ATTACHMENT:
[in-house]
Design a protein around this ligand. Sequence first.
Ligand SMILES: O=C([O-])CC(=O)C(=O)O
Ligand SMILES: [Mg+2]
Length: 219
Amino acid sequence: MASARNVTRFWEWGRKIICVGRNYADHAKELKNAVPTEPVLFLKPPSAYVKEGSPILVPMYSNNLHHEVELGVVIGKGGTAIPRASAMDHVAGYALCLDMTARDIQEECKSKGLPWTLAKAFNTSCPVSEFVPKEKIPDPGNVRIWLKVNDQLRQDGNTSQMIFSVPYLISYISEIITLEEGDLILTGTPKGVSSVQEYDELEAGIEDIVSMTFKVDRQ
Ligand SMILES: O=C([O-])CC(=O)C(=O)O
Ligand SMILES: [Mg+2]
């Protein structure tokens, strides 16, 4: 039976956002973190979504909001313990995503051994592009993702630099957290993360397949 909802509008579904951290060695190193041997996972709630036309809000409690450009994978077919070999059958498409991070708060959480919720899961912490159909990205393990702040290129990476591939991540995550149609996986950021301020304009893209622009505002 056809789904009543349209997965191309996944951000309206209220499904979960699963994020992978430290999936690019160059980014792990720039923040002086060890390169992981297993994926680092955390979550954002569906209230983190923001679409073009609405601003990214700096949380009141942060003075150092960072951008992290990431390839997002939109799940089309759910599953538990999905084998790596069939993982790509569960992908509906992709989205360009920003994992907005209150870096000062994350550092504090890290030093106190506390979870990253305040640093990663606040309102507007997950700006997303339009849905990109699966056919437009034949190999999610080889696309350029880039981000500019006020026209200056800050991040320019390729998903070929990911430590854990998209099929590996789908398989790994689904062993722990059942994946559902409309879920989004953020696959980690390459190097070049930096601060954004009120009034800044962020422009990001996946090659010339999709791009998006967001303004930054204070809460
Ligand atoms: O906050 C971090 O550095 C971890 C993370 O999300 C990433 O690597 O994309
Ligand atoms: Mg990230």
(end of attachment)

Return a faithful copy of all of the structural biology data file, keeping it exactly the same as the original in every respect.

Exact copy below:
[in-house]
Design a protein around this ligand. Sequence first.
Ligand SMILES: O=C([O-])CC(=O)C(=O)O
Ligand SMILES: [Mg+2]
Length: 219
Amino acid sequence: MASARNVTRFWEWGRKIICVGRNYADHAKELKNAVPTEPVLFLKPPSAYVKEGSPILVPMYSNNLHHEVELGVVIGKGGTAIPRASAMDHVAGYALCLDMTARDIQEECKSKGLPWTLAKAFNTSCPVSEFVPKEKIPDPGNVRIWLKVNDQLRQDGNTSQMIFSVPYLISYISEIITLEEGDLILTGTPKGVSSVQEYDELEAGIEDIVSMTFKVDRQ
Ligand SMILES: O=C([O-])CC(=O)C(=O)O
Ligand SMILES: [Mg+2]
């Protein structure tokens, strides 16, 4: 039976956002973190979504909001313990995503051994592009993702630099957290993360397949 909802509008579904951290060695190193041997996972709630036309809000409690450009994978077919070999059958498409991070708060959480919720899961912490159909990205393990702040290129990476591939991540995550149609996986950021301020304009893209622009505002 056809789904009543349209997965191309996944951000309206209220499904979960699963994020992978430290999936690019160059980014792990720039923040002086060890390169992981297993994926680092955390979550954002569906209230983190923001679409073009609405601003990214700096949380009141942060003075150092960072951008992290990431390839997002939109799940089309759910599953538990999905084998790596069939993982790509569960992908509906992709989205360009920003994992907005209150870096000062994350550092504090890290030093106190506390979870990253305040640093990663606040309102507007997950700006997303339009849905990109699966056919437009034949190999999610080889696309350029880039981000500019006020026209200056800050991040320019390729998903070929990911430590854990998209099929590996789908398989790994689904062993722990059942994946559902409309879920989004953020696959980690390459190097070049930096601060954004009120009034800044962020422009990001996946090659010339999709791009998006967001303004930054204070809460
Ligand atoms: O906050 C971090 O550095 C971890 C993370 O999300 C990433 O690597 O994309
Ligand atoms: Mg990230």